Knowledge Work(s): In Search of a Spreadsheet Aesthetics


I sympathize with the protagonist of a cartoon claiming to have transferred x amount of megabytes, physically exhausted after a day of downloading. The simple act of moving information from one place to another today constitutes a significant cultural act in and of itself. I think it's fair to say that most of us spend hours each day shifting content into different containers. Some of us call this writing.

- Kenneth Goldsmith, 2004

While Kenneth Goldsmith's wry statement about knowledge jockeying is directly discussing the plight of the contemporary author, his comments are useful for thinking about other disciplines. In editing this quote, the word "writing" could easily be replaced by any number of verbs (programming, composing, painting, storyboarding, etc.) as we undoubtedly inhabit an era where creative transposition rather than raw creativity can be enough to drive a project. The ctrl-c clipboard, the layer palette in photo editing software and the flash memory of a microcontroller are all examples of spaces that serve as staging grounds for storytelling and crafting aesthetic experiences — these are interstitial zones where art gestates. Goldsmith clearly doesn't approach the creative process with reverence, and his blasé attitude is an excellent springboard into reading contemporary artistic production in relation to knowledge work. An important question: How might we appropriate this daily activity of "shifting content between containers" as a site (rather than a means) of artistic production? This article will consider the aesthetics of the spreadsheet, and act as the first installment of a series that will engage projects that explore the documents, software, interior architecture and politics of the contemporary workplace.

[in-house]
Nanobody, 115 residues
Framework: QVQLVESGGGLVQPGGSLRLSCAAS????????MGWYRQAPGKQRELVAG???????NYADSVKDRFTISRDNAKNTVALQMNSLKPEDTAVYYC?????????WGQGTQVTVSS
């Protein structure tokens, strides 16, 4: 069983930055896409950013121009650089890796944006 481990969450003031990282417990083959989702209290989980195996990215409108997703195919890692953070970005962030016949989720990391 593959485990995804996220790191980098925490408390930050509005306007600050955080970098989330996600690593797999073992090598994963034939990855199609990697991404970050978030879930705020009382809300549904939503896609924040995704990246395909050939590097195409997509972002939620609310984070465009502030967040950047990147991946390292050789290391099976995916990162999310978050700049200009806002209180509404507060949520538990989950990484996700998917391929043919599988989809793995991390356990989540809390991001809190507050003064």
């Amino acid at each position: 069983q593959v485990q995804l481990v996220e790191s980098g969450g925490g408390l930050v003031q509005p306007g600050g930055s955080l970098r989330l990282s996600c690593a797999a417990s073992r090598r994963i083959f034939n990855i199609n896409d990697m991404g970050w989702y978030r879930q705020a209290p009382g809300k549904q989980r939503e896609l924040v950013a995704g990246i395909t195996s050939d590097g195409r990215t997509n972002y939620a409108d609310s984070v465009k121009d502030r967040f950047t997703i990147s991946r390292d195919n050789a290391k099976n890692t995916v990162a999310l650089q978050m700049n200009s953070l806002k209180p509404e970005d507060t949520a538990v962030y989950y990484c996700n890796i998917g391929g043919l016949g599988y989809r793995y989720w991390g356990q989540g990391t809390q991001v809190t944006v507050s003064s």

Imperfect Sound Forever


Many scholars within the field of media archaeology opt to focus on the backstory behind an influential medium or technology and map out how its inception and organizational logic (re)shaped the world. An alternative approach is the excavation and arrangement of fringe/forgotten prototypes into an array to problematize dominant historical narratives regarding technological progress. Caleb Kelly's recent text Cracked Media: The Sound of Malfunction uses two consumer technologies, the phonograph and the compact disc, to survey 20th century musical and artistic production. The book catalogs a broad range of experimentation with these playback technologies to create detailed timelines of misuse and critical engagement. In bracketing this realm of sound-producing practice, Kelly proposes "cracked media," a subversion of technological devices whereby "...tools of media playback are expanded beyond their original function as a simple playback device for prerecorded sound or image." Given the prominence of the glitch and lo-fi malformed digital artifacts everywhere from media art to pop music to web video, it is easy to take the aesthetics of failure for granted. The investigation executed within Cracked Media prefigures many of the discussions that underpin generative and glitch aesthetics by focusing on work that foregrounds and interrogates the materiality of two specific mediums. Kelly methodically tracks projects that subvert the CD and phonograph over the entire 20th century and in doing so he builds a fascinating discourse about musical performance and reproduction that is equally comfortable referencing Friedrich Kittler as DJ Qbert.



Discussions (37) Opportunities (5) Events (15) Jobs (0)
OPPORTUNITY

sonification of the electric sheep


Deadline:
Fri May 27, 2005 08:19

From EU-gene.

,g

--
Greg Smith
http://www.serialconsign.com
416.877.4281
greg.smith@utoronto.ca

----------------------------------------------------------------------

Message: 1
Date: Thu, 26 May 2005 17:55:14 -0700 (PDT)
From: generative.net@draves.org
Subject: [eu-gene] sonification of the electric sheep